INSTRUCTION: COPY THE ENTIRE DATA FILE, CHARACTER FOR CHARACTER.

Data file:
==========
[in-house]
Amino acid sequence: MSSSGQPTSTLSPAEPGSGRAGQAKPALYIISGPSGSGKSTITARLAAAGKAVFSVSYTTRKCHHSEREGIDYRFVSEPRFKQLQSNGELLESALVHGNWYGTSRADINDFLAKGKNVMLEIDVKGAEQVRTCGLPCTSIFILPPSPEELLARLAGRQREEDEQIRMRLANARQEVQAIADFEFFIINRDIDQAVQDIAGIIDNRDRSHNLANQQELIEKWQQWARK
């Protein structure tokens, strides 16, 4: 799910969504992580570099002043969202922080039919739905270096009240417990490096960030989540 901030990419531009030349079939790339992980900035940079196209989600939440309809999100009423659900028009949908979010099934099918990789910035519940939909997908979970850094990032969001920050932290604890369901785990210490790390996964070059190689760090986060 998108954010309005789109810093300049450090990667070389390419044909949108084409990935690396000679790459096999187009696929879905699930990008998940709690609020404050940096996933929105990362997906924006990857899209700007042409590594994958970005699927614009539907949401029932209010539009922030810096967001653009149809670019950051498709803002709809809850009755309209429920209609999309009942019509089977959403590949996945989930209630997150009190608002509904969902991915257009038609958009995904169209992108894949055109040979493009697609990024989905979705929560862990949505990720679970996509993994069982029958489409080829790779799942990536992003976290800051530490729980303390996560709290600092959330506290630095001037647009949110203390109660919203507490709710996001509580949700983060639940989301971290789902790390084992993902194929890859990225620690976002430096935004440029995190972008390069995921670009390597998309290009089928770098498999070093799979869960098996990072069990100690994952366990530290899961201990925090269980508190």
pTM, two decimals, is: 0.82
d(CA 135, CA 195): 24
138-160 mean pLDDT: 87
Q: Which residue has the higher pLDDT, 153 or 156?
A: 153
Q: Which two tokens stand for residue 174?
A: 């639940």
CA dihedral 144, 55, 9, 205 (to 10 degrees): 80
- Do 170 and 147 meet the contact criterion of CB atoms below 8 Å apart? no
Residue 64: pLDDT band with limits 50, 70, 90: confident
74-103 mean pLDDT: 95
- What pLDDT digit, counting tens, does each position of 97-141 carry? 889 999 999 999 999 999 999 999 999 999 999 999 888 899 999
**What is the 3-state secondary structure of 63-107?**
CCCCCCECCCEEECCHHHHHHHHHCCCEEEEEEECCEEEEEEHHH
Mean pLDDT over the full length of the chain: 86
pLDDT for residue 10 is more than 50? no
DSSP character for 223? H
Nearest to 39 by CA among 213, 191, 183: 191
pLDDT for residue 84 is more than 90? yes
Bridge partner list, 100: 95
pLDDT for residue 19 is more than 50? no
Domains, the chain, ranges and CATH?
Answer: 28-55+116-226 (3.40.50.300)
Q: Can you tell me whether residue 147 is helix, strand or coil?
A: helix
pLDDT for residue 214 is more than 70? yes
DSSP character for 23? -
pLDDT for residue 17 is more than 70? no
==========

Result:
[in-house]
Amino acid sequence: MSSSGQPTSTLSPAEPGSGRAGQAKPALYIISGPSGSGKSTITARLAAAGKAVFSVSYTTRKCHHSEREGIDYRFVSEPRFKQLQSNGELLESALVHGNWYGTSRADINDFLAKGKNVMLEIDVKGAEQVRTCGLPCTSIFILPPSPEELLARLAGRQREEDEQIRMRLANARQEVQAIADFEFFIINRDIDQAVQDIAGIIDNRDRSHNLANQQELIEKWQQWARK
């Protein structure tokens, strides 16, 4: 799910969504992580570099002043969202922080039919739905270096009240417990490096960030989540 901030990419531009030349079939790339992980900035940079196209989600939440309809999100009423659900028009949908979010099934099918990789910035519940939909997908979970850094990032969001920050932290604890369901785990210490790390996964070059190689760090986060 998108954010309005789109810093300049450090990667070389390419044909949108084409990935690396000679790459096999187009696929879905699930990008998940709690609020404050940096996933929105990362997906924006990857899209700007042409590594994958970005699927614009539907949401029932209010539009922030810096967001653009149809670019950051498709803002709809809850009755309209429920209609999309009942019509089977959403590949996945989930209630997150009190608002509904969902991915257009038609958009995904169209992108894949055109040979493009697609990024989905979705929560862990949505990720679970996509993994069982029958489409080829790779799942990536992003976290800051530490729980303390996560709290600092959330506290630095001037647009949110203390109660919203507490709710996001509580949700983060639940989301971290789902790390084992993902194929890859990225620690976002430096935004440029995190972008390069995921670009390597998309290009089928770098498999070093799979869960098996990072069990100690994952366990530290899961201990925090269980508190």
pTM, two decimals, is: 0.82
d(CA 135, CA 195): 24
138-160 mean pLDDT: 87
Q: Which residue has the higher pLDDT, 153 or 156?
A: 153
Q: Which two tokens stand for residue 174?
A: 């639940």
CA dihedral 144, 55, 9, 205 (to 10 degrees): 80
- Do 170 and 147 meet the contact criterion of CB atoms below 8 Å apart? no
Residue 64: pLDDT band with limits 50, 70, 90: confident
74-103 mean pLDDT: 95
- What pLDDT digit, counting tens, does each position of 97-141 carry? 889 999 999 999 999 999 999 999 999 999 999 999 888 899 999
**What is the 3-state secondary structure of 63-107?**
CCCCCCECCCEEECCHHHHHHHHHCCCEEEEEEECCEEEEEEHHH
Mean pLDDT over the full length of the chain: 86
pLDDT for residue 10 is more than 50? no
DSSP character for 223? H
Nearest to 39 by CA among 213, 191, 183: 191
pLDDT for residue 84 is more than 90? yes
Bridge partner list, 100: 95
pLDDT for residue 19 is more than 50? no
Domains, the chain, ranges and CATH?
Answer: 28-55+116-226 (3.40.50.300)
Q: Can you tell me whether residue 147 is helix, strand or coil?
A: helix
pLDDT for residue 214 is more than 70? yes
DSSP character for 23? -
pLDDT for residue 17 is more than 70? no